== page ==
Oxbridge Tutorial College Exposes A’ Level Students to Cambridge Biology Practical

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Funmi Ogundare

As part of efforts to demonstrate the importance of science practicals to learning, Cambridge International recently took A’ Level students of Oxbridge Tutorial College through a practical experiment in Biology to enable them take record, observe the colour change, as well as to do quantitative and qualitative analysis of data.

Speaking at the A’ Level activation recently, the Biology teacher of Oxbridge Tutorial College, Mr. Shona Oluwasegun said the essence of Cambridge International Education was to develop research skills in the students so that they could plan an experiment, adding that A’ Level is more of the traditional Biology, Chemistry, Physics, Mathematics and Statistics.

In testing for biological molecule for instance, he said the students must be able to identify a concentration of samples of glucose, sucrose and starch given to them.

“When I carry out a test and based on the particular test carried out, you are going to have different colours, so the colour that they are observing will give the students an idea of the concentration of that particular sugar.”

Asked why schools usually have alternative to practicals, rather than the practicals itself, he said: “One cannot overemphasise the importance of practicals for science students, a science student that cannot practicalise what he has learnt in class is basically more of an art student. You will just know theory and no practical whether it is Chemistry, Biology or Physics.”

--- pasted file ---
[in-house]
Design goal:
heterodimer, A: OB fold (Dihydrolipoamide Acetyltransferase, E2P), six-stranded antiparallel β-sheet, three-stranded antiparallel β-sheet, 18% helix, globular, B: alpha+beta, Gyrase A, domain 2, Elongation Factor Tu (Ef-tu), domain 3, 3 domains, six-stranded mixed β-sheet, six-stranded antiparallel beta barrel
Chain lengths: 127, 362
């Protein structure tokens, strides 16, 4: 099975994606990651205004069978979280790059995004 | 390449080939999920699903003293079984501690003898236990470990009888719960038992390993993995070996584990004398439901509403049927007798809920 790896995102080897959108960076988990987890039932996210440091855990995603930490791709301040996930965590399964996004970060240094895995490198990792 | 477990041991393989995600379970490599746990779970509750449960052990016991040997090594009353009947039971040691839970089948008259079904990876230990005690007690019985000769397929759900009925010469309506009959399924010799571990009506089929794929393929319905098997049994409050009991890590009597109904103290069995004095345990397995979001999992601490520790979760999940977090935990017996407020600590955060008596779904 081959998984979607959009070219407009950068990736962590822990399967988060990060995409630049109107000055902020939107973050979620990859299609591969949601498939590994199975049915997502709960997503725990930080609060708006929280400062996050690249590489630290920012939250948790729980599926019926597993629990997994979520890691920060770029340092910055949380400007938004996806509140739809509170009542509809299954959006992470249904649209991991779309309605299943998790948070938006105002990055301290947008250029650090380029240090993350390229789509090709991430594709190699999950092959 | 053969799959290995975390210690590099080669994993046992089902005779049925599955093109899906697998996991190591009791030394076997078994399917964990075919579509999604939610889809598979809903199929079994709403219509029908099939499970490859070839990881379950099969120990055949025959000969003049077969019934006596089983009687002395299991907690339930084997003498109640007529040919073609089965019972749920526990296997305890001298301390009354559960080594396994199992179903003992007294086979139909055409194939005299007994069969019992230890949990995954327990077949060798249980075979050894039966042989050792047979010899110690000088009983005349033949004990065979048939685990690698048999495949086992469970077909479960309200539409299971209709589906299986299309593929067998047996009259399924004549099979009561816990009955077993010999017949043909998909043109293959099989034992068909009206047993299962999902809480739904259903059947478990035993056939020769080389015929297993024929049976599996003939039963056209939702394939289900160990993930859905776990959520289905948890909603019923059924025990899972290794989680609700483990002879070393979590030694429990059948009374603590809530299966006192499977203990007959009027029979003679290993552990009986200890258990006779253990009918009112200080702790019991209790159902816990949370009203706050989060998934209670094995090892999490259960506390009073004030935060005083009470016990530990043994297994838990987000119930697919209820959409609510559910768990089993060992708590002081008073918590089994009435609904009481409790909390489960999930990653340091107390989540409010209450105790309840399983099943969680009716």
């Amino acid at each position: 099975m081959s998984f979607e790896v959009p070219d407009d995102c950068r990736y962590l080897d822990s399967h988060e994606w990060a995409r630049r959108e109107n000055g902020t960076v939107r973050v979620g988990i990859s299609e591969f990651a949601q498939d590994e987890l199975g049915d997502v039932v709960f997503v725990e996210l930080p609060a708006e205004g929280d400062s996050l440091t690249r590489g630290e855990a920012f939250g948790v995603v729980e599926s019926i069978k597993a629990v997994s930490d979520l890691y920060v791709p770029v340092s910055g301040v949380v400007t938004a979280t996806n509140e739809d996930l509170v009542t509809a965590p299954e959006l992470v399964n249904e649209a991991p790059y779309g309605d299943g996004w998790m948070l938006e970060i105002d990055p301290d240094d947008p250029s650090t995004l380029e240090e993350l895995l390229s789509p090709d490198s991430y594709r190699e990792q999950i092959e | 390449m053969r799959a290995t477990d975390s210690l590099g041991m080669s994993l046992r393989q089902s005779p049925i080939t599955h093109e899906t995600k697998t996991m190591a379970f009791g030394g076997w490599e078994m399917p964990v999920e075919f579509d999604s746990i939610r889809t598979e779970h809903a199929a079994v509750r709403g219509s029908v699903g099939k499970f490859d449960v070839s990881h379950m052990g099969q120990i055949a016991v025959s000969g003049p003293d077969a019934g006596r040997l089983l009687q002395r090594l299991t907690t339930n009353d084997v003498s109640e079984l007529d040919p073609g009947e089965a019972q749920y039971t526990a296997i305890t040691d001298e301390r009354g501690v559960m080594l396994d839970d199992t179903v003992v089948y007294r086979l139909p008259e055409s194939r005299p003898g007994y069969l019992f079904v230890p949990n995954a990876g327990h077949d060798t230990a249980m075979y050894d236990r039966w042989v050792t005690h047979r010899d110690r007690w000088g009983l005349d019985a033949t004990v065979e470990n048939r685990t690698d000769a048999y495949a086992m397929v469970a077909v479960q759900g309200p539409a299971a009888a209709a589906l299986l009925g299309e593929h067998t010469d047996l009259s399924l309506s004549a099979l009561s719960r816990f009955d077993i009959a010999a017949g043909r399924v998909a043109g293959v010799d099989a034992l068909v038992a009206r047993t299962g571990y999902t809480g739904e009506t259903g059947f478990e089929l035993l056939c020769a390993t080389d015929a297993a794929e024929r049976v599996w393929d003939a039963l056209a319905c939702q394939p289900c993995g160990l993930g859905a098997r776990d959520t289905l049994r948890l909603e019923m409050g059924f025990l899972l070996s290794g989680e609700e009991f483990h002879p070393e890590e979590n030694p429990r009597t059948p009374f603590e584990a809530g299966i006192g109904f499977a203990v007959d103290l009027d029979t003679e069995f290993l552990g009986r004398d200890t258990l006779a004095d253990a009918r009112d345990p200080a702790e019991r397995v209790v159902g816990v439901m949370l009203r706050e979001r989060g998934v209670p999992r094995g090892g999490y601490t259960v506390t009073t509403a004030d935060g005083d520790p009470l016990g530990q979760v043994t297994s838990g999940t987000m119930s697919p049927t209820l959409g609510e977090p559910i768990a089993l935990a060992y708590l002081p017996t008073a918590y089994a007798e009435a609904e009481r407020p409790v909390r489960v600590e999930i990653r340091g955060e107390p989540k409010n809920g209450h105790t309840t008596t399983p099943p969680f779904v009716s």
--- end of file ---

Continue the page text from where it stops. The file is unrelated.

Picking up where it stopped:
He said the ministry of education should be able to emphasise the importance of practicals for students, which should be done on a weekly basis, adding that they should have an idea of how they will design an experiment as it is the beauty of science itself.

Oluwasegun described his two years experience in teaching the students as exciting, saying, “we have different students with different levels of IQ and temperament. There are different aspects of teaching students to be able to adjust to the level of understanding. We call the test semi-quantitative because it gives us an idea of their understanding.”

The Regional Director at Cambridge International, Mr. Juan Visser said each experiment helps students develop a sound understanding of how biology concept and processes work; and how its different areas fit together as a course of study which gives them valuable opportunities to develop their skills and understanding.

“Access to practical experience is an important part of teaching and learning in biology and learners benefit from taking part in different forms of practical activities,” he said, adding that Cambridge International supports teachers to deliver practical science through its support material on the school support hub, information and guidance available on its website, as well as training.

Some of the students, who spoke to THISDAY, expressed excitement about being in A’ Level class and going through the practical experience, as they never did during their O’ Level.

Miss Faheedat Bakare, who completed her O’ Level at FIEF Academy, Isolo said rather than wait for admission at UNILAG, her father suggested that she goes for A’ Level, adding that there was no form of practical in her former school.

“It is more of practicals here and everything you want is provided.”

Miss Sonia Bendre,17, an Indian said she was only exposed to alternative to practicals in her former school, British International School, Victoria Island, adding, “I learn a lot more here and it is exciting.”

Master Aigbe Ojo, 16, from Greensprings School, who plans to study medicine, said Cambridge education is recognised all over the world and opens doors of opportunities.

He said during his O’ Level, students were not allowed to handle the science apparatus compared to where he is currently.